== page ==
At this time, in , which is aware of the token absence prepares a request to get token and sends it to node whose identity is the same as the ’s content, as shown in Figure 5(a). Upon receiving the external request from , adds ’s request to its RaymQ and prepares a request to get the token from its own cluster. This is achieved by making a Suzuki-Kasami request as shown in event 1 of Figure 5(b), as if wants the token for itself to give it to . While is dealing with acquiring the token, another node, in , needs to enter the CS, so it makes a Suzuki-Kasami request as shown with event 2 in Figure 5(b). After some while, sends an external request to to get the token as shown in event 1 in Figure 5(c). Then adds this node ( ) to its own RaymQ. In this way, knows that there is another node, , which wants to grab the token after . Later on, sends back the token to as shown in event 2 in Figure 5(c).

Now, has the token and dequeues RaymQ and sets Dir variable with dequeued node. Afterwards, it sends the token to dequeued node which is the first external node which wants token from . Since the RaymQ is not empty, also sends an external request along with the token as shown in event 1 in Figure 5(d).

As receives the request and the token, it queues the external request to the RaymQ and forwards the token to the using SuzQ. Taking the request into consideration, also broadcasts a Suzuki-Kasami request in the cluster, as can be seen in event 2 of Figure 5(d). Since there is no other internal request in , after exiting the CS, forwards the token to the as shown in event 1 of Figure 5(e).

At this point, ’s RaymQ is not empty, so it sends the token to the RaymQ’s head (in this case with dequeuing it as shown in event 2 of Figure 5(e)). Analogous to the previous event, sends the token to using its RaymQ as shown in event 3 of Figure 5(e).

Finally, , receiving an external token, sends the token to the head of SuzQ which is as shown in event 4 in Figure 5(e). In this way, three nodes received the token in order and the scenario is accomplished.

4. Analysis of the Proposed Algorithm

In this section, we present the theoretical analysis of Raysuz’s algorithm along with relevant proofs. This theoretical analysis contains correctness, message complexity, energy consumption, synchronization delay, and response time for the proposed algorithm.

4.1. Correctness of Raysuz’s Algorithm

The correctness of Raysuz’s algorithm is examined according to safety and liveness attributes of the algorithm.

4.1.1. Safety

Safety of Raysuz’s algorithm is analyzed from the single token existence and mutual exclusion points of view, which will be discussed in Theorem 3.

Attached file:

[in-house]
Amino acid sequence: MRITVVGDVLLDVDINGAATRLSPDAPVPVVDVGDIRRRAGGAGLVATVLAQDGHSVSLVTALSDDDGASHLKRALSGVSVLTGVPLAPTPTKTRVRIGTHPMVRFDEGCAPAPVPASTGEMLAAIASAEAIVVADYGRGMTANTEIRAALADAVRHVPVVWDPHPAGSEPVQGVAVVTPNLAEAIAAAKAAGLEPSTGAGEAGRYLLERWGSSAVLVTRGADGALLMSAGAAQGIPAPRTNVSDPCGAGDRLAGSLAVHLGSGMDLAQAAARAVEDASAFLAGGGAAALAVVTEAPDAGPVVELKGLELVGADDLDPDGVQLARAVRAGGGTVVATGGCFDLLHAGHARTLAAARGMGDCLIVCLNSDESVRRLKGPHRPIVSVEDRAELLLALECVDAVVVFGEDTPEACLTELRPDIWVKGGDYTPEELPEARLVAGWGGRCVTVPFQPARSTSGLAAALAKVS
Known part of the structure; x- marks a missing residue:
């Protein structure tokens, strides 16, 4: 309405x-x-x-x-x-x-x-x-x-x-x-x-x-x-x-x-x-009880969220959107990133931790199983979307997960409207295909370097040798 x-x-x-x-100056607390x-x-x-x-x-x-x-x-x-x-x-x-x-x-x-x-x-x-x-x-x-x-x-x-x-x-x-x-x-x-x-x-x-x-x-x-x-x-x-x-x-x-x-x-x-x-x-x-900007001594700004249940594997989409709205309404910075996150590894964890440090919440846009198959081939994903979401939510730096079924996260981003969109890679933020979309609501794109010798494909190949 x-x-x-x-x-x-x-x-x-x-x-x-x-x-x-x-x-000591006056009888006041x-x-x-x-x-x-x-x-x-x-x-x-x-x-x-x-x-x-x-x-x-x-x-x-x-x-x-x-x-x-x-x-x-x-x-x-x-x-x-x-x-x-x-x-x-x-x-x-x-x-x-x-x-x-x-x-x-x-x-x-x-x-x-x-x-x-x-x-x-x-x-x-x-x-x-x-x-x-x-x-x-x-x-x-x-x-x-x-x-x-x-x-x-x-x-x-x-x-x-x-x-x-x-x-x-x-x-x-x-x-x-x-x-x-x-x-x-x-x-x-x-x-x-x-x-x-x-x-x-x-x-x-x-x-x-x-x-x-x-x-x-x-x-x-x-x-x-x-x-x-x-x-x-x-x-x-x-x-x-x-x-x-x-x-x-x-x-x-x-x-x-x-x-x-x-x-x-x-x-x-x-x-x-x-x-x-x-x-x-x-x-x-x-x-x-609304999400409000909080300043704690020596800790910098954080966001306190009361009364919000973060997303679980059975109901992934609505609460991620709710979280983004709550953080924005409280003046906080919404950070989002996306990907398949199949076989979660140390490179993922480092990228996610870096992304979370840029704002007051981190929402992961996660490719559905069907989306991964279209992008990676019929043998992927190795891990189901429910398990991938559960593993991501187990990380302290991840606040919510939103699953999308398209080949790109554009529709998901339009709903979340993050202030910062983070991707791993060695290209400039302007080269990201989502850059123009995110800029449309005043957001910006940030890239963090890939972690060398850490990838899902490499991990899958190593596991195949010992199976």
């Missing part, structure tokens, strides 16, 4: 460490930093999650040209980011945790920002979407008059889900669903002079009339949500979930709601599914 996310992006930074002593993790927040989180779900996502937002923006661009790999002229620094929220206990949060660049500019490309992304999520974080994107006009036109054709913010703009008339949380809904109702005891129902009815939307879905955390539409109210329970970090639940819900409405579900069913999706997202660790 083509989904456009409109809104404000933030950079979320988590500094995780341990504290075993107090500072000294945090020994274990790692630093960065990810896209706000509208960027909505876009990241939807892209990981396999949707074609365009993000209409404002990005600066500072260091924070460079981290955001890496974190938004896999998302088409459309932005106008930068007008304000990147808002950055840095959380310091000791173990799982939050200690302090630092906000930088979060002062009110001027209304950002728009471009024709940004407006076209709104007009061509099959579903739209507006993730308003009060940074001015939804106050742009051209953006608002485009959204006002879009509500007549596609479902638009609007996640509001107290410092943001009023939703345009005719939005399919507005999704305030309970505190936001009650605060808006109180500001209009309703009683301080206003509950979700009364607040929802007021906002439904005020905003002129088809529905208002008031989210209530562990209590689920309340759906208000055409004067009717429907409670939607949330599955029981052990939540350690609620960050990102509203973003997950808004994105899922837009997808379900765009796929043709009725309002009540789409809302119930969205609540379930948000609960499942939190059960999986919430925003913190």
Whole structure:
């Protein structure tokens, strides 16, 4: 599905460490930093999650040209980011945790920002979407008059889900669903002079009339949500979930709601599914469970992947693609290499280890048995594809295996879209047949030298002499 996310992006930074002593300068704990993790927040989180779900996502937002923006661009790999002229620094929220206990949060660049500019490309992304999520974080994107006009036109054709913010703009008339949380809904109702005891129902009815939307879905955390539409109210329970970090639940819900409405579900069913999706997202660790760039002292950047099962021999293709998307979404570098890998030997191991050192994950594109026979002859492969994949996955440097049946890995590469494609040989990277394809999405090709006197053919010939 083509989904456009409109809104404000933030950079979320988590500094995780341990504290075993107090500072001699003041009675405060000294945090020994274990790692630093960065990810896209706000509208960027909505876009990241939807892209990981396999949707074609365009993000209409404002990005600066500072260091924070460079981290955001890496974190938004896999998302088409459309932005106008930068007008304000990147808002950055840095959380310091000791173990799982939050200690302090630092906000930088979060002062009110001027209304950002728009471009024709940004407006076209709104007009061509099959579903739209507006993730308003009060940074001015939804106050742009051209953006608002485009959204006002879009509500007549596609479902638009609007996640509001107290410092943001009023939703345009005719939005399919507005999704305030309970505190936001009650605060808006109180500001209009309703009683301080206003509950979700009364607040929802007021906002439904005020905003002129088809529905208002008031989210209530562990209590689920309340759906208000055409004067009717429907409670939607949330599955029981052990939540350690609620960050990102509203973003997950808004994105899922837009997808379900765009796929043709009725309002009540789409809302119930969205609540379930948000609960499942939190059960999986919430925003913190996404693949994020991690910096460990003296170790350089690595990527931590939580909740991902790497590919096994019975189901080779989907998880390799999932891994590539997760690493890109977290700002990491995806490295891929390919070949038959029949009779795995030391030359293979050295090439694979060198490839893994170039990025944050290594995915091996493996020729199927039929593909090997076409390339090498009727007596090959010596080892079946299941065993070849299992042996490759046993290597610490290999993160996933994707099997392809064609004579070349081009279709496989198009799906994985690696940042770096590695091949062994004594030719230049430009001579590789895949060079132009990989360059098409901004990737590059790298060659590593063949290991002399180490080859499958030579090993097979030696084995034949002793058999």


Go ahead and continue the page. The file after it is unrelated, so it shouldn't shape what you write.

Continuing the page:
Lemma 1. In Raysuz’s algorithm at most one token exists in the network concurrently.

Proof. Assume the contrary. In this case, there exists more than one token in the network concurrently. Therefore, according to finite-state machine given in Figure 3, more than one ordinary node should be in HAVETOKEN state. Assume that these nodes are in the same cluster. Suzuki-Kasami’s algorithm is used in intracluster communication; thus multiple token existence is impossible [5].
On the other hand, assume that more than one node belonging to different clusters is in the CS at the same time. In this case, according to pseudocode of leader node in Algorithm 1, multiple leaders should be in INTOKENSTEAL state. Since Raymond’s algorithm is used for intracluster communications, this is also not possible [6].
There is no other possibility; therefore we contradict our assumption.

Lemma 2. At most one node can be in the CS at any time, ensuring mutual exclusion.

Proof. Assume the contrary, that more than one node can execute CS at any time concurrently. In Raysuz’s algorithm, when a node receives token, it enters CS. If there is more than one token in the network, then more than one node can execute CS at the same time. However, it is proven in Lemma 1 that this case is not possible. Therefore, we contradict our assumption.

Theorem 3. There always exists exactly one token in Raysuz algorithm, which also provides at most one node entering CS at any time, thus satisfying Safety attribute.

Proof. The theorem holds since Lemmas 1 and 2 are true.

4.1.2. Liveness

Theorem 4. Raysuz’s algorithm is deadlock- and starvation-free.

Proof. We use Suzuki-Kasami’s algorithm for intracluster communication and Raymond’s algorithm for intercluster, communication. Both algorithms are deadlock- and starvation free which is proven in [5, 6]. Thus, Raysuz’s algorithm is deadlock- and starvation-free.

4.2. Message Complexity

The message complexities of Raysuz’s, Raymond’s and Suzuki-Kasami’s algorithms are comparatively explained in this section. We assume the topology of the network as multihop cluster tree, where there are clusters and nodes.

In the graph consisting of nodes, the mean distance between any two nodes (also mean unicast distance between two nodes), , is almost surely of order , where is the weighted average of the sum of squares of the expected degrees [28].

We consider the power law graphs with lots of nodes, so is a very small value in comparison with . Thus we use the complexity instead of as a mean distance between two arbitrary nodes.